160911 2 Corinthians 2:5-11

Last Updated on Monday, 12 September 2016 Written by Pastor Pagels

Text: 2 Corinthians 2:5-11
Theme: Love The Lost Like Christ

A host of problems was plaguing the church in Corinth, but this one might have been the worst. Actually it was a full blown scandal, and it was threatening to destroy the congregation. The sin was sexual in nature, the kind of sin that was uncommon even among pagans. A member of the congregation was engaged in a relationship with his stepmother (1 Corinthians 5).

This case of incest was bad enough, but the reaction of the rest of the congregation made it even worse. Instead of condemning the man's behavior for the sin that it was, the other members were filled with pride. Paul doesn't tell us why they were so proud, but if the first century was anything like the twenty first century, we can make some educated guesses. Perhaps they applauded the man's actions as a way to embrace diversity. Maybe they insisted that they had no right to judge. Or maybe they kept telling each other that as long as no one got hurt it was none of their business.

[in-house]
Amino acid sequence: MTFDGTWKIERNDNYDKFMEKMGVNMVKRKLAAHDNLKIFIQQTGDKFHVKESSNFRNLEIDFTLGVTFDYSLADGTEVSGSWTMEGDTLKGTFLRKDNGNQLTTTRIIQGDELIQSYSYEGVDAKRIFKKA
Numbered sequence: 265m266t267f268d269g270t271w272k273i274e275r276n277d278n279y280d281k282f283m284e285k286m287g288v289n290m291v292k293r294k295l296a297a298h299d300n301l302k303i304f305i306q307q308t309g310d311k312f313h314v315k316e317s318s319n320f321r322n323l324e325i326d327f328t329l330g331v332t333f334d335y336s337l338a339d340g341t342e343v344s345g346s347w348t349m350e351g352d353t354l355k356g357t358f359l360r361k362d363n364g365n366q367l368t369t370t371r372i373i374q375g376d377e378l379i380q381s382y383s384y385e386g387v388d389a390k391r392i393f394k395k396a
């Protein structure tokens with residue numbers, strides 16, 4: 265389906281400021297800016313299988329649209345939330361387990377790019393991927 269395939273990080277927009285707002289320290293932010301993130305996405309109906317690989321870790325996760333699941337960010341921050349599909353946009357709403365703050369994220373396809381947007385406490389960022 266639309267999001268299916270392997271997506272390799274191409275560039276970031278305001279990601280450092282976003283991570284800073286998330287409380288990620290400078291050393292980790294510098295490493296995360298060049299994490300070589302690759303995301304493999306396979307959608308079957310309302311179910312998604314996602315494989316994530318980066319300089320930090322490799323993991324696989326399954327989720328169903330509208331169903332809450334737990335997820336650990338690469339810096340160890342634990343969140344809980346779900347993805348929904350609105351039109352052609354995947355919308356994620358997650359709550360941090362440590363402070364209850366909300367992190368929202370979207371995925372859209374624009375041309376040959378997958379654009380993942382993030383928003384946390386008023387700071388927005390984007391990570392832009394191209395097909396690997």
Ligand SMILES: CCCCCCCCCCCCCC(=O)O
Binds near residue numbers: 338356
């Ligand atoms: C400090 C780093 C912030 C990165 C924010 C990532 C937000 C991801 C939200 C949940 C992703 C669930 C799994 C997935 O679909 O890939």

If any of the Corinthian Christians tried out any of these weak arguments on Paul, they didn't work. Even though he was not with them, even though a large body of water separated him from them, Paul knew exactly what needed to be done: put this man out of your fellowship (2), pass judgment on him (3), "hand this man over to Satan" (5).

Paul's instructions sound a bit harsh, don't they? Especially the last one. What would make Paul say something like that? Why would he tell the Corinthians to hand the guilty party over to the devil? To make him pay for what he had done? So that the bad apple wouldn't spoil the rest of the bunch? As a warning for the rest of the flock to fall in behind the shepherd...or else?